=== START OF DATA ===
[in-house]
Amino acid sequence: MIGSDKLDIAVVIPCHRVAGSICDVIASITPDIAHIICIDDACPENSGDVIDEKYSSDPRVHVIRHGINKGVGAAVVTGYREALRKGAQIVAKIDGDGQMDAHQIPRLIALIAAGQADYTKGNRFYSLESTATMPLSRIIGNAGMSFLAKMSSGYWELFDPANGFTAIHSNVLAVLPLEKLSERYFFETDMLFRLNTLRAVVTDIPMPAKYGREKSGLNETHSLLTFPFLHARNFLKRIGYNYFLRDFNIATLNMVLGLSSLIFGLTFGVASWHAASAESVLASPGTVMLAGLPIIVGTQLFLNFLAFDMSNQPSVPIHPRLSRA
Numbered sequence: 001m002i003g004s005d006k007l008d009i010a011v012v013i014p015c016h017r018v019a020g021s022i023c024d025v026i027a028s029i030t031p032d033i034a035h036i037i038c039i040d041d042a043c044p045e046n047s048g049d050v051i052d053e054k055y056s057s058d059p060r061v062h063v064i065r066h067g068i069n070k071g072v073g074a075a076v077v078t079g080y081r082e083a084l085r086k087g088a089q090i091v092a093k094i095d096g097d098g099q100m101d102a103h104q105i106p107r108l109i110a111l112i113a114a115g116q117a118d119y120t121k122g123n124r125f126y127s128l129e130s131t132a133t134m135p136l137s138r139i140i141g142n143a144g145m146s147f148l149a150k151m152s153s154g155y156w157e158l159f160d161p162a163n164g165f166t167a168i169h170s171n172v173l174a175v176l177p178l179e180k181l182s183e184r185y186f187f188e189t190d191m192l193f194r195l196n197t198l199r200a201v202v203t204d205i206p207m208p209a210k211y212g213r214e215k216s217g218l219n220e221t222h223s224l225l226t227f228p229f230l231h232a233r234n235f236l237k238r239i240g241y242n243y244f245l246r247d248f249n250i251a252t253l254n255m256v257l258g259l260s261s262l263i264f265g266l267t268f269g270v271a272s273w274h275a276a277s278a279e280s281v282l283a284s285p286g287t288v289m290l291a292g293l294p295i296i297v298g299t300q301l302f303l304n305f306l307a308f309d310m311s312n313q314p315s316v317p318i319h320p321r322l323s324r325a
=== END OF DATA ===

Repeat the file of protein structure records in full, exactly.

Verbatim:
[in-house]
Amino acid sequence: MIGSDKLDIAVVIPCHRVAGSICDVIASITPDIAHIICIDDACPENSGDVIDEKYSSDPRVHVIRHGINKGVGAAVVTGYREALRKGAQIVAKIDGDGQMDAHQIPRLIALIAAGQADYTKGNRFYSLESTATMPLSRIIGNAGMSFLAKMSSGYWELFDPANGFTAIHSNVLAVLPLEKLSERYFFETDMLFRLNTLRAVVTDIPMPAKYGREKSGLNETHSLLTFPFLHARNFLKRIGYNYFLRDFNIATLNMVLGLSSLIFGLTFGVASWHAASAESVLASPGTVMLAGLPIIVGTQLFLNFLAFDMSNQPSVPIHPRLSRA
Numbered sequence: 001m002i003g004s005d006k007l008d009i010a011v012v013i014p015c016h017r018v019a020g021s022i023c024d025v026i027a028s029i030t031p032d033i034a035h036i037i038c039i040d041d042a043c044p045e046n047s048g049d050v051i052d053e054k055y056s057s058d059p060r061v062h063v064i065r066h067g068i069n070k071g072v073g074a075a076v077v078t079g080y081r082e083a084l085r086k087g088a089q090i091v092a093k094i095d096g097d098g099q100m101d102a103h104q105i106p107r108l109i110a111l112i113a114a115g116q117a118d119y120t121k122g123n124r125f126y127s128l129e130s131t132a133t134m135p136l137s138r139i140i141g142n143a144g145m146s147f148l149a150k151m152s153s154g155y156w157e158l159f160d161p162a163n164g165f166t167a168i169h170s171n172v173l174a175v176l177p178l179e180k181l182s183e184r185y186f187f188e189t190d191m192l193f194r195l196n197t198l199r200a201v202v203t204d205i206p207m208p209a210k211y212g213r214e215k216s217g218l219n220e221t222h223s224l225l226t227f228p229f230l231h232a233r234n235f236l237k238r239i240g241y242n243y244f245l246r247d248f249n250i251a252t253l254n255m256v257l258g259l260s261s262l263i264f265g266l267t268f269g270v271a272s273w274h275a276a277s278a279e280s281v282l283a284s285p286g287t288v289m290l291a292g293l294p295i296i297v298g299t300q301l302f303l304n305f306l307a308f309d310m311s312n313q314p315s316v317p318i319h320p321r322l323s324r325a